Artaic: Revolutionizing Tile Mosaics Through Robotic Assembly

Artaic Builds Tile Mosaics Using Robots

I love Artaic.  They're revolutionizing a millennia-old art form (tile mosaics) using dead-simple pick-and-place robots, to create a successful "non-robotics company."  Yet in my mind... they're the quintessential "robotics" company.  I had cause to visit their headquarters in Boston last March, where I got a special tour by Artaic co-founders Paul Reiss (Creative Director) and Ted Acworth (CEO).  Allow me to share their process, some of their beautiful mosaics, their unique outlook on robotics, and a quick sneak peak into advances coming down the pipeline.

Artaic was born organically. After selling his MIT-spinoff startup, Ted Acworth (a Stanford PhD and MIT-Sloan alum) was traveling extensively through Europe,  where he "came across a number of museums and Roman archeological sites that had exquisite ancient mosaics on display."  He fell in love with the art form, so naturally, "When Ted was building his home, he investigated mosaics as an option in the bathrooms, kitchen, and patio."  

Acworth picked up mosaic-building as a hobby.  But when he realized all the time effort they take to build, he thought "I could engineer a robot to do this.”  Enter Artaic.


How Artaic Works


The short version:

  1. A designer feeds a design (an image) into custom software that breaks the image up into small, uniform squares.  The designer tunes the resulting pattern manually or using algorithmic modifications (eg. dithering).
  2. The resulting design informs a Fanuc robot arm which picks up 1-inch (or half-inch) tiles of various colors and places them on a industry-standard polymer backing.  
  3. The polymer forms, each containing 144 to 729 tiles, are shipped to the customer.
  4. Grout is applied to the surface. The forms are "slapped" onto the wall (in the proper order), and the grout is allowed to dry.  The polymer is stripped from the business-end of the tiles, and the mosaic is done! 


In picture form:

Artaic Custom Mosaic SoftwareArtaic Tile RobotArtaic Install Tile ImageArtaic Mosaic


This artsy video describes the process:


Here's a video of the robot during my visit:


End Result: Beautiful Tile Mosaics


This robot assembly is 10x faster (and less error-prone) than a human doing this by hand the "traditional" way.  The resulting mosaics cost between $20-$140 per square foot, compared to $200-$400 per square foot using conventional methods.  The direct result is that installations recently considered uneconomical by designers are now feasible.  Let's look at some examples!

Here is an Artaic installation at Iowa State University made with over 200,000 1" tiles!

Artaic Custom Mosaic Iowa State Pool


Some other large-scale installations:

Large-Scale Tile Mosaic Created by a Robot

Large-Scale Tile Mosaic Created by a Robot

Large-Scale Tile Mosaic Created by a Robot


Artaic also makes special LED backlit installations:

Artaic Custom Backlit Mosaic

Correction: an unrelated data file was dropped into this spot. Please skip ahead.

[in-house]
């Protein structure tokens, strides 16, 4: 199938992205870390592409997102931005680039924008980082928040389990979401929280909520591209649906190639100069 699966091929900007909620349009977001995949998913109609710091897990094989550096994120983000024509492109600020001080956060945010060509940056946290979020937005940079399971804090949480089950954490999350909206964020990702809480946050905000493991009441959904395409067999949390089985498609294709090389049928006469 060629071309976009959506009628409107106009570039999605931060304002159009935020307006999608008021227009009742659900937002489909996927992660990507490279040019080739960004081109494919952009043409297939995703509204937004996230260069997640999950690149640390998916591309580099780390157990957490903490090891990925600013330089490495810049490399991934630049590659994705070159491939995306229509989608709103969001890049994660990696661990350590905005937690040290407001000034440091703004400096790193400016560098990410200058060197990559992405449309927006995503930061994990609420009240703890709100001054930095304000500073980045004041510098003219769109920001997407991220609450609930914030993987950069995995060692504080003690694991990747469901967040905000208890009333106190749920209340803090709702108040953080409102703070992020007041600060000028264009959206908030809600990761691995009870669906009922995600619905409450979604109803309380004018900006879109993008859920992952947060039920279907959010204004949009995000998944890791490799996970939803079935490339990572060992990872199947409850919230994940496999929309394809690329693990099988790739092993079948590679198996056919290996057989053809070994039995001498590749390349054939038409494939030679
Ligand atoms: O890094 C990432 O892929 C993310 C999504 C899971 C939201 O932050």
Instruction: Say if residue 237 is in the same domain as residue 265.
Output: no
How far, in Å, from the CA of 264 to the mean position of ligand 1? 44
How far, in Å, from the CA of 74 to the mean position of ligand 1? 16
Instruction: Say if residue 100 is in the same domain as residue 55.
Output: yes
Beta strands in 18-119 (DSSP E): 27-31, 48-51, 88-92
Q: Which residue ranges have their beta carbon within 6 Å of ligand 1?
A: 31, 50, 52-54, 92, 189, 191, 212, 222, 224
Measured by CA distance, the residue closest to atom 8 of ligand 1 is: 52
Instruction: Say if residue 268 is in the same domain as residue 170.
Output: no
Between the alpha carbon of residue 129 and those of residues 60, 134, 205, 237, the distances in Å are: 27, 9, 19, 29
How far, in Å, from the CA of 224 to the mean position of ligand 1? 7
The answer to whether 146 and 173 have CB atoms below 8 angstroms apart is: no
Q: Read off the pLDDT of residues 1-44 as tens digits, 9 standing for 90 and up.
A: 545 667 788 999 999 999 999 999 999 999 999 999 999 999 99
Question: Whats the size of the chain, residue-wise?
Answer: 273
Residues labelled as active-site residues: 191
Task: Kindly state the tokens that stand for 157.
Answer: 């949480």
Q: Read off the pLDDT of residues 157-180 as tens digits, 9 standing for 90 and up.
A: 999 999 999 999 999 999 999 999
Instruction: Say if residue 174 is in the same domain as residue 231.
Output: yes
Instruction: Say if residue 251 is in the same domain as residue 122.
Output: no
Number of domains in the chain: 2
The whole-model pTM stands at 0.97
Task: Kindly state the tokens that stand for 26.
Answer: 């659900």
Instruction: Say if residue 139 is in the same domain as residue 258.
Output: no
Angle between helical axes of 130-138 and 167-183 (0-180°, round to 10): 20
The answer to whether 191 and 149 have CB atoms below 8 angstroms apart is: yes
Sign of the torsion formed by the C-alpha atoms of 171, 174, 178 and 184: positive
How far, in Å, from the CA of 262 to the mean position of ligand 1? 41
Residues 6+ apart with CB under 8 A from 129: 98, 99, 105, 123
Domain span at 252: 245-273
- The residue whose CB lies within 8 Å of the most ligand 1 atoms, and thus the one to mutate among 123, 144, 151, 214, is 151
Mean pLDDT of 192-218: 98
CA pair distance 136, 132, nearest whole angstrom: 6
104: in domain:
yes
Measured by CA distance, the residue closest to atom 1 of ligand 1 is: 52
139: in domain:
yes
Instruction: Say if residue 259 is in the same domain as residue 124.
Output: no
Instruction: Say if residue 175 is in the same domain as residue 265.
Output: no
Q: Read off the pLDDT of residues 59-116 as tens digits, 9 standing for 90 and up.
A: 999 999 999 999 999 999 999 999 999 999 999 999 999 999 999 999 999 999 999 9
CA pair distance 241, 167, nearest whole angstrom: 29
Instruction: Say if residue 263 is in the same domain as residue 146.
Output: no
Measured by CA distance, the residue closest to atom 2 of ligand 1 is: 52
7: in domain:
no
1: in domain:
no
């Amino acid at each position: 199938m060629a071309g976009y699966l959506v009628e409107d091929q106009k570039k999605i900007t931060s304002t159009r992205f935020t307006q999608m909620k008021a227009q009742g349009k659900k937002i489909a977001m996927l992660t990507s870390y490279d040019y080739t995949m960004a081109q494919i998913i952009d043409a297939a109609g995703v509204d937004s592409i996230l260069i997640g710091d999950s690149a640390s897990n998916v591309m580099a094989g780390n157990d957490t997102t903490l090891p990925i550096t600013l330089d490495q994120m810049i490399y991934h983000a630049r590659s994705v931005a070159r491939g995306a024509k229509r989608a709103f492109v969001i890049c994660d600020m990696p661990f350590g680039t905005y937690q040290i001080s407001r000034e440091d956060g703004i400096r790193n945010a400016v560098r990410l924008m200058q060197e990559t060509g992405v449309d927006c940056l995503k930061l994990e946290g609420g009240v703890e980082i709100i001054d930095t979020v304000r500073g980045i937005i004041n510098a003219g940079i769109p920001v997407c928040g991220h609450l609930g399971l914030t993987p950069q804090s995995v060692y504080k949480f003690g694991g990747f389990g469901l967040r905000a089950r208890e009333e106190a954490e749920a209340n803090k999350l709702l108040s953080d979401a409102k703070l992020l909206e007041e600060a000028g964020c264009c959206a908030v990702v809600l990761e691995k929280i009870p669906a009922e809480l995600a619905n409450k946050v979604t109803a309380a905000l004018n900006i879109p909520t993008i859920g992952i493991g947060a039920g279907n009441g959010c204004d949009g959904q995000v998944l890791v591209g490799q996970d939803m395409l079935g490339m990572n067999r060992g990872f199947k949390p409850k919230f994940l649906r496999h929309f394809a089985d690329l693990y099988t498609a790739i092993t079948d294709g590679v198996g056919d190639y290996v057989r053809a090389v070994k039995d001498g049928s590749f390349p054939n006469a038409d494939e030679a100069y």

Artaic Custom Backlit Mosaic


And owing to their unprecedented accuracy, they can even build QR code mosaics:

Artaic QR Code Mosaic



"We're not a robotics company"


Honestly, I think the highlight of my visit was Ted Acworth's candor.  Upon learning that I was a roboticist, I got the following reaction (paraphrased):  "That's great, but we're not a robotics company.  That's only a very small part of what we do... we are a tile company, with experts in this art form and this industry.  We're more interested in exposing our products to industrial designers and architects than we are to roboticists."  

I love this attitude!  From a robotics perspective, Artaic is  boring and not gimmicky -- they're focused on disrupting their industry rather than trying to "make cool robots."  Frankly, they took one of the most ancient and boring tasks in robotics (pick-and-place) and built a novel, solid business.  In the (paraphrased) words of Rod Brooks: the idea and robot are only 0.1% of a successful robotics company. Artaic seems to have figured out that other 99.9%.

Thinking about this a bit more... a competent roboticist should be able to easily build a rudimentary tile pick-and-place in a week or two using low-cost 3-axis CNC machines (eg. MakerBot).  It might even be possible in a weekend using Gimp scripts and clever Lego pick and place (or a low-cost arm). 

Mosaics using GIMP software    


Furthermore, this idea has existed since at least 1999 (Ted tells me that Rod Brooks claims to have conceived of this idea even earlier), and there are competitors (eg. Mosaic4u -- video) even with the robotic mosaic-building space.

  Mosaic 4 U robot



Artaic's Future: A Quick Sneak Peak


In 2011, Artaic was awarded a $150,000 SBIR Phase I grant to build a "high-throughput agile robotic manufacturing system for tile mosaics."  They received a follow-on $500,000 SBIR Phase II grant in 2012 to push the system into production:

This Small Business Innovation Research (SBIR) Phase I project will demonstrate a proof-of-concept prototype of a high-throughput agile tile mosaic manufacturing system. Mosaics have proven to be a great source of visual splendor for thousands of years. Despite its prominence in art and architecture, mosaic is arduous to design and assemble by hand. The goal of this Phase I work is to prove the feasibility of a programmable high-throughput multi-head robotic tile assembly system to enhance the production agility of mosaic tilings. Research innovation in Phase I will merge the benefits of parallel tile placement with robust high-capacity tile cartridges to radically decrease tile mosaic fabrication time and associated tile mosaic assembly costs. The measurable objective of Phase I is a 5x increase in production throughput over current state-of-the-art mosaic manufacturing technology, while enhancing tile placement accuracy. The system will be capable of producing both template and "mass customized" mosaics.